Net income was $4.7 billion or $1.59 per share. Year-to-date capital expenditures were approximately $4.5 billion, driven by investments in servers, data centers, office facilities, and network infrastructure. In Q3, we generated over $4.3 billion in free cash flow, and ended the quarter with over $38 billion in cash and investments.

Year to date, we have bought back over $1 billion of our Class A common stock.

Turning now to the revenue outlook, our ads business remains strong, but it's worth noting that in Q3, our year-over-year ads revenue growth rates decelerated for the fifth consecutive quarter on a constant currency basis, and we expect this trend to continue for the foreseeable future. Going forward, we also expect the growth in advertising revenue will increasingly be driven by price. This is a shift from prior years, when growth was primarily driven by increases in supply.

Turning now to expenses, we anticipate that our full-year 2017 total expenses will grow approximately 35% to 40% versus our prior range of 40% to 45%. We anticipate that full-year 2017 capital expenditures will be approximately $7 billion. As mentioned previously, our tax rate will vary based on our stock price. At the current stock price, we would expect that the Q4 rate will be in the low teens.

I also wanted to provide some comments on 2018 expenses and capital expenditures. Please recognize that these are preliminary estimates, as we have not yet finalized our 2018 budget. That said, it is shaping up to a be a significant investment year, and I wanted to provide initial guidance to align investors with our most current thinking.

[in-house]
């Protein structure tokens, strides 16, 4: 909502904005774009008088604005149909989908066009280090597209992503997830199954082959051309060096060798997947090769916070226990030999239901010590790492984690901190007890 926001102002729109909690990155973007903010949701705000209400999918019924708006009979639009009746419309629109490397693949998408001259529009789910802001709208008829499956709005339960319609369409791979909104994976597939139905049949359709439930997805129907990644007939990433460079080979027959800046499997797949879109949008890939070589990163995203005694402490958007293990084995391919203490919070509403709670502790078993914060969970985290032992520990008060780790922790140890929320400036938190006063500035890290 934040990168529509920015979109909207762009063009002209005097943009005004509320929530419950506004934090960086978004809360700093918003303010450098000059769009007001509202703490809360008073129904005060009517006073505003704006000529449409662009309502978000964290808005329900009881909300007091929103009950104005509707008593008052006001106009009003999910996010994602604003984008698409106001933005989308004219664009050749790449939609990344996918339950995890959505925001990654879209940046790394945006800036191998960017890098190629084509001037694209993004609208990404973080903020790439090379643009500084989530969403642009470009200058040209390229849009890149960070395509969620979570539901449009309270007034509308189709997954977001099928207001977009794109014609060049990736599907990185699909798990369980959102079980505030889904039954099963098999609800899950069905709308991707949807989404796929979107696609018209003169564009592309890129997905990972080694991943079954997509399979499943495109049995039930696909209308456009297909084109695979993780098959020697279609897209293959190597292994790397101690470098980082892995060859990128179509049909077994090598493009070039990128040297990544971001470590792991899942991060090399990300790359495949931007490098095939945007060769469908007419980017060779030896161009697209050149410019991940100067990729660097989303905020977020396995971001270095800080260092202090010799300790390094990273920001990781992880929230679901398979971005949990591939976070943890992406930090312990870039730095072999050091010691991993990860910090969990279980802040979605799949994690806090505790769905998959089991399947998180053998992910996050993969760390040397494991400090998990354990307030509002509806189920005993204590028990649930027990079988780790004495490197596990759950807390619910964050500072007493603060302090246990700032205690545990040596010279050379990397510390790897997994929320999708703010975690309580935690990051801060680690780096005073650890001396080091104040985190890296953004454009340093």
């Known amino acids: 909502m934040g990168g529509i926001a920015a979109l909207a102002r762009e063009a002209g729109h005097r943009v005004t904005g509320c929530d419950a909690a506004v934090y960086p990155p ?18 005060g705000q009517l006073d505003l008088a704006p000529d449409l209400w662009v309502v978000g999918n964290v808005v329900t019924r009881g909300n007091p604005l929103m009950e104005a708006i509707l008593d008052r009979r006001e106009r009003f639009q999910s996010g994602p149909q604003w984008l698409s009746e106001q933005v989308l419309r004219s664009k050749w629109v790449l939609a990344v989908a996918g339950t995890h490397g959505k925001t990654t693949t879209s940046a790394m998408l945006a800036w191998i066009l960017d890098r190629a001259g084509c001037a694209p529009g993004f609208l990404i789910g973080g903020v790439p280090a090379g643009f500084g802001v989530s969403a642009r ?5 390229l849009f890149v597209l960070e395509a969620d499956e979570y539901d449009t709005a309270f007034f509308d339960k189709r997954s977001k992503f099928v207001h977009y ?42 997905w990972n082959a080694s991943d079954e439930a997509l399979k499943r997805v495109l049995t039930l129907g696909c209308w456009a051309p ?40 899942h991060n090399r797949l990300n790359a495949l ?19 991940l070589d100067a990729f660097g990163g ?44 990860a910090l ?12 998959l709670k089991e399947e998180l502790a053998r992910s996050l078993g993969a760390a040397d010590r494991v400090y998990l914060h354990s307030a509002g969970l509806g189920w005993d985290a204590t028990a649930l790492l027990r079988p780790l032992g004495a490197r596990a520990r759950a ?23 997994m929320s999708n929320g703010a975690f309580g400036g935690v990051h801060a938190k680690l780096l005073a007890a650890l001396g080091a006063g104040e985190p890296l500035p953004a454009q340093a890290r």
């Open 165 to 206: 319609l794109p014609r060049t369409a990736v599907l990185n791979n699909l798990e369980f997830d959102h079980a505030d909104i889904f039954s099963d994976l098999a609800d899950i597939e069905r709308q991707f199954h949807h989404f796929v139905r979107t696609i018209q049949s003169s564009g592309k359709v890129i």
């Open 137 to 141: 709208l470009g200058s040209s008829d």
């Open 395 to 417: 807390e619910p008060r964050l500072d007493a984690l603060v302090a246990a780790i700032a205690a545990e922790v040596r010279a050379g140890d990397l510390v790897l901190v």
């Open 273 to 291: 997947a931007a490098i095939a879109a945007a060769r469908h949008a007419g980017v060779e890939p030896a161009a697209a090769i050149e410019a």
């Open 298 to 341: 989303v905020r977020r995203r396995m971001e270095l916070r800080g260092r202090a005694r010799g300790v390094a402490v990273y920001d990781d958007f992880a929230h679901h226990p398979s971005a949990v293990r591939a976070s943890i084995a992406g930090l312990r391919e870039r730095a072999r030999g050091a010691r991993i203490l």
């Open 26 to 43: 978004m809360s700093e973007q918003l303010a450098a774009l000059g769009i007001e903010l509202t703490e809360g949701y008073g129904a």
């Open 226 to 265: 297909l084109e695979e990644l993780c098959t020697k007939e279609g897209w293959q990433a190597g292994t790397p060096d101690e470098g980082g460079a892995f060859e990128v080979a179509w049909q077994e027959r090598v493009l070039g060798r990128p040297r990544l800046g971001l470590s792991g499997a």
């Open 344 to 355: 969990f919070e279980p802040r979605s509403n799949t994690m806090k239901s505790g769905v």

We expect full-year 2018 total expenses will grow approximately 45% to 60% compared to full-year 2017. We continued to invest aggressively across the business, but there are three important factors driving an acceleration in our expense growth rates from 2017 levels.

First, as Mark outlined in his earlier comments, we are making sizable security investments in people and technology to strengthen our systems and prevent abuse. Secondly, we are investing aggressively in video content to support the Watch tab. Finally, we continue to invest in our long-term initiatives around augmented and virtual reality, AI, and connectivity. Given our expectation of continued deceleration in revenue growth rates, we expect these significant investments will be net negative on our operating margins.

In addition, we expect to make substantial investments in our infrastructure to support growth and improve our products. As such, we expect full-year 2018 capital expenditures will roughly double from 2017 levels.

We would also anticipate that the full-year 2018 tax rate will be in the mid-teens.

In summary, Q3 was another strong quarter for Facebook across the board. We are excited about the opportunities we see ahead and will continue to make significant investments to support our growth and our mission.

With that, Mike, let's open up the call for questions.

Question-and-Answer Session


We will now open the lines for a question-and-answer session. Your first question comes from the line of Eric Sheridan, UBS.

Eric J. Sheridan - UBS Securities LLC

Thanks for taking the question. Maybe revisiting Mark's comments at the beginning of the call, I would love to get a better sense or granularity about what sort of video content you'd like to see on the platform that could drive a more active or interactive experience than passive.